I’m turning 40 this year. I have angst. Think it’s a coincidence that I’m drawn to movies about the meaning of life lately?
Already within the last year I’ve seen two movies that pondered a theme akin to “what are we doing with our lives?” and “what’s the meaning of life” in Away We Go and A Serious Man. While Away We Go is more along the same lines, thematically speaking, as Greenberg, a new film from Noah Baumbach starring Ben Stiller, A Serious Man is more in the same ballpark philosophically. By that I mean that poor Larry Gopnick of A Serious Man was truly lost, seeking meaning in a world that seemingly had abandoned him, more specifically a god that had seemingly abandoned him, even though he had never lost faith. However, in Greenberg, the roles have reversed, in that Stiller plays a character, Roger Greenberg, who has lost faith, in whatever he ever believed in, and has lost his way, but never seems to abandon the belief that he deserves better, no matter what a gigantic jerk he may be.
What I don’t understand is how some critics are attempting to make us believe that this film will make us feel better about ourselves. Like somehow the same theory abides that by watching The Jerry Springer Show, Intervention, Cops or Cheaters will make us feel better about ourselves: “hey, look at how terrible their lives are, at least we’re not as messed up as they are.” Schadenfreude rules the day.
So Greenberg is about a guy who’s miserable. And lost. He’s 40 and doesn’t know what to do with his life. He’s bitter, angry, unloved and generally cranky. He’s disappointed with life and the choices he’s made and he has just gotten out of the mental hospital and will be house-sitting for his brother in Los Angeles for 6 weeks. There’s your story. Well, you can throw in a few other lines about the fact that he makes a lame attempt to reconcile with an old flame (Jennifer Jason Leigh), and he attempts to repair and maintain a longtime friendship (the always awesome Rhys Ifans), but the significant relationship Greenberg makes is with his brother’s personal assistant, played solidly by Greta Gerwig, as they get involved in a semi-romantic entanglement that messes him up emotionally though he doesn’t even know it—or, apparently, want it.
Words like “personal” and “self-conscious” and “insightful” keep popping up in commentary about this film. That’s baloney. This film is just a pure example of midlife neuroses gone beserk in the form of a loser who’s done nothing with his life. This film would have a lot more to say and be much more soul-searching and deep and—dare I say it—interesting, if the lead character were someone I actually cared about. But, unfortunately, Stiller plays Roger Greenberg as a narcissistic, privileged, insensitive, humorless prick. And the only thing I was rooting for him to do was go away.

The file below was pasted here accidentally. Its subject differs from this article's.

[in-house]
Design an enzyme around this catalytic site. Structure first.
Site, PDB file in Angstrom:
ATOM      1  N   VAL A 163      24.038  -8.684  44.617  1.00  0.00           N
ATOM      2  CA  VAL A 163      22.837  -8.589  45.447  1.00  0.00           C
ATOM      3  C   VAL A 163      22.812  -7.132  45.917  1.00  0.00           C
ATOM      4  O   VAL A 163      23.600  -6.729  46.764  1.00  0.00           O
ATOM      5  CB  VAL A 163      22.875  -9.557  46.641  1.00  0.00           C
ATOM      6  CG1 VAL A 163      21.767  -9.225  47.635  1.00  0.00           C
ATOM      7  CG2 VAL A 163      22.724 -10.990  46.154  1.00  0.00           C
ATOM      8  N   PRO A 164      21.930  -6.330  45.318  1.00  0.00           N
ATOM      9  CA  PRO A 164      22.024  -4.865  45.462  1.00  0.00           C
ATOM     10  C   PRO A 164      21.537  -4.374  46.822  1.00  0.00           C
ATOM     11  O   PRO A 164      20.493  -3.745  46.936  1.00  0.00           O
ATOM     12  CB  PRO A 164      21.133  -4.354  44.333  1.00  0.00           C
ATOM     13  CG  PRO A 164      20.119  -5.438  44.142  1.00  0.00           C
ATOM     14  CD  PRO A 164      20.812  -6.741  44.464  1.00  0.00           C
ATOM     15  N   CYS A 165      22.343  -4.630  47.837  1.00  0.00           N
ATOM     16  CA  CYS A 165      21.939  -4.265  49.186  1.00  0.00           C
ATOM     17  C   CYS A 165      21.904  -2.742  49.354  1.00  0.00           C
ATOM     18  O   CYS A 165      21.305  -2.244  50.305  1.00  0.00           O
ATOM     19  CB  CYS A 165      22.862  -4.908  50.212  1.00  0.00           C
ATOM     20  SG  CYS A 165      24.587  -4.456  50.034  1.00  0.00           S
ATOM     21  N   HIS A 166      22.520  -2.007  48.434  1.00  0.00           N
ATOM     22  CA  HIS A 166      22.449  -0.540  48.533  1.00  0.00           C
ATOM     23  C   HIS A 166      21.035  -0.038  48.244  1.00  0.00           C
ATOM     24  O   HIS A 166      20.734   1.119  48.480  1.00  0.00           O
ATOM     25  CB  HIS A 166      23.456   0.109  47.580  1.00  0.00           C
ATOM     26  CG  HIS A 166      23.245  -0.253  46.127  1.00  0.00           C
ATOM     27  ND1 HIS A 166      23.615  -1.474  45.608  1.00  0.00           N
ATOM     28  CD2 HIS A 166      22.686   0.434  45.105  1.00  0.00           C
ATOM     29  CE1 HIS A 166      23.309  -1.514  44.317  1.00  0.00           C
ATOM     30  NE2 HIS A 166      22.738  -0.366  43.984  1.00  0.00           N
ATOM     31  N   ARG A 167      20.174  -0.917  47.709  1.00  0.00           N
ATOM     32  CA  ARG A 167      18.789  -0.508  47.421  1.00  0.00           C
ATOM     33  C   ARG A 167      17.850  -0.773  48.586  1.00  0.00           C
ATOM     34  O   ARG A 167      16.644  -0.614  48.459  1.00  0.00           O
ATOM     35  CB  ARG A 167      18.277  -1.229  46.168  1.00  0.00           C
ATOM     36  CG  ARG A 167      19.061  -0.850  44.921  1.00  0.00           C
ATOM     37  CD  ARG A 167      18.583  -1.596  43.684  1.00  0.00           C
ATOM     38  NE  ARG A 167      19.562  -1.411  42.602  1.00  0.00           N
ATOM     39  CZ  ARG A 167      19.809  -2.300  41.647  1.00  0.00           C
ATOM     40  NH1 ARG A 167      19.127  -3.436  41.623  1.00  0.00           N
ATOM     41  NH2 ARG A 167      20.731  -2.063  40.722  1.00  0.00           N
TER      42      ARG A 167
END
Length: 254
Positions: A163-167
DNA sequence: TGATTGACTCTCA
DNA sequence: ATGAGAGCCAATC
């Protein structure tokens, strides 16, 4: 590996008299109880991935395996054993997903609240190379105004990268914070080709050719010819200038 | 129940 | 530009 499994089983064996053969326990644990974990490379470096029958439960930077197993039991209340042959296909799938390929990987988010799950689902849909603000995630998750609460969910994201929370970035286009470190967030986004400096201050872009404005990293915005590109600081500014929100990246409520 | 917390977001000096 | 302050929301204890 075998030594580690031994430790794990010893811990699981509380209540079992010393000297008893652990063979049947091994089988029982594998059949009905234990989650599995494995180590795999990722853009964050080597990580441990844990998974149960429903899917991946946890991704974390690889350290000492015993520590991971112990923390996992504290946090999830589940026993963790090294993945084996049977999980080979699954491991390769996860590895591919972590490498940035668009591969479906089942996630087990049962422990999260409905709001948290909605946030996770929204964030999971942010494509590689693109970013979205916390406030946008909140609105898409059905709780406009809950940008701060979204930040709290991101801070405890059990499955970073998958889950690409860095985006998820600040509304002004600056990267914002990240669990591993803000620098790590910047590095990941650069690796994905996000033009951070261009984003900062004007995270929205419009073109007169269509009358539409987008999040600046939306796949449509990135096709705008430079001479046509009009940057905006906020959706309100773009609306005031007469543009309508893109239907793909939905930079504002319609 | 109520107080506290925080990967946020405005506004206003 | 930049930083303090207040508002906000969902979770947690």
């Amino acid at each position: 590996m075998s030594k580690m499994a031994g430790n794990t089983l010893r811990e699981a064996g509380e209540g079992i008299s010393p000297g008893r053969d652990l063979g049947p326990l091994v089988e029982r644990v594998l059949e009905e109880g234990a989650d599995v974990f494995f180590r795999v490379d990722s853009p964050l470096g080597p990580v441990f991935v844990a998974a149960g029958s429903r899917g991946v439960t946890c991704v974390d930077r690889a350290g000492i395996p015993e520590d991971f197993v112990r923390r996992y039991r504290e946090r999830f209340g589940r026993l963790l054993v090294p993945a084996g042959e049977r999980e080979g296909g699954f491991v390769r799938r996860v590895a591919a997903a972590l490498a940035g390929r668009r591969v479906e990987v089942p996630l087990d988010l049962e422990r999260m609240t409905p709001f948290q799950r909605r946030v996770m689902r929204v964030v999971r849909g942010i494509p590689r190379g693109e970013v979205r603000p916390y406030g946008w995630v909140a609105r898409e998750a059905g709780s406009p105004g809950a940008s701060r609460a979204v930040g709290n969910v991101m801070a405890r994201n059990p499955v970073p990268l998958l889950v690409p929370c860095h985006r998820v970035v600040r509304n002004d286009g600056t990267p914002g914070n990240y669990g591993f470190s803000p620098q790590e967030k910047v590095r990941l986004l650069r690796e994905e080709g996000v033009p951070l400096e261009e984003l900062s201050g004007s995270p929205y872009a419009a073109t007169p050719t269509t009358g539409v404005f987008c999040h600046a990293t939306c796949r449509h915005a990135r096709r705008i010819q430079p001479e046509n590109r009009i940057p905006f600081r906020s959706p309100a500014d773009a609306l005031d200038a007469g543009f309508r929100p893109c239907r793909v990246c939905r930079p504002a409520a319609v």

It’s kind of hard to get involved with your main character’s soul-searching journey when you just don’t give a shit.
OK, I can understand if a character is vulnerable, and I can understand when a character is flawed and insecure. These are things I understand. It is a beautiful thing to see a character who is unique and different, multi-dimensional and textured, layered and complicated on screen. Nobody wants to see a cookie-cutter with transparent personality and predictability. These are all things we can agree on. There are characters who can be cranky and bitter, hardened by life and somewhat lost, who can still be interesting to watch and not turn you off. Want examples? Bill Murray in Lost in Translation. Jack Nicholson in As Good As It Gets. When you’re doing comedy, especially comedy that is a little dark, as Stiller is trying to do here, you must find that fine line between being a jerk and still being able to get that endearing chuckle that warms your heart while still making you slightly uncomfortable (which Murray and Nicholson were able to do) and just being a flat-out, cold, unfunny, unemotional ass. The difference is the ability to connect. And that just plainly comes down to Stiller’s lack of acting skills. He just isn’t a good actor. He’s good at what he’s good at, and that’s screwball comedy, which doesn’t require any emotional connection. He probably was hoping he could be the same crossover artist that fellow pratfall expert Jim Carrey was with serious fare Eternal Sunshine of the Spotless Mind and The Truman Show, but, alas, Ben…it’s just not going to happen.
Greenberg’s failure is not all Stiller’s fault, however. The script has no map whatsoever, as it wanders aimlessly from point A to point V. But I get that continuity is not the point here. This is about a guy desperately in search of himself, just trying to hold on, and a story arc is certainly not what anyone making this movie is going for. But some semblance of a structure would have been nice, if for no other reason than just to make sense.
In the end, all the navel-gazing just got to be a little too much for me. I know Woody Allen isn’t making these kinds of movies anymore, so we have to make them for ourselves now, but come on…..can’t my generation come up with something a little bit better to serve our angst than this? Well, maybe Charlie Sheen has lost his shirt in Wall Street 2 and we have that to look forward to. We can dream.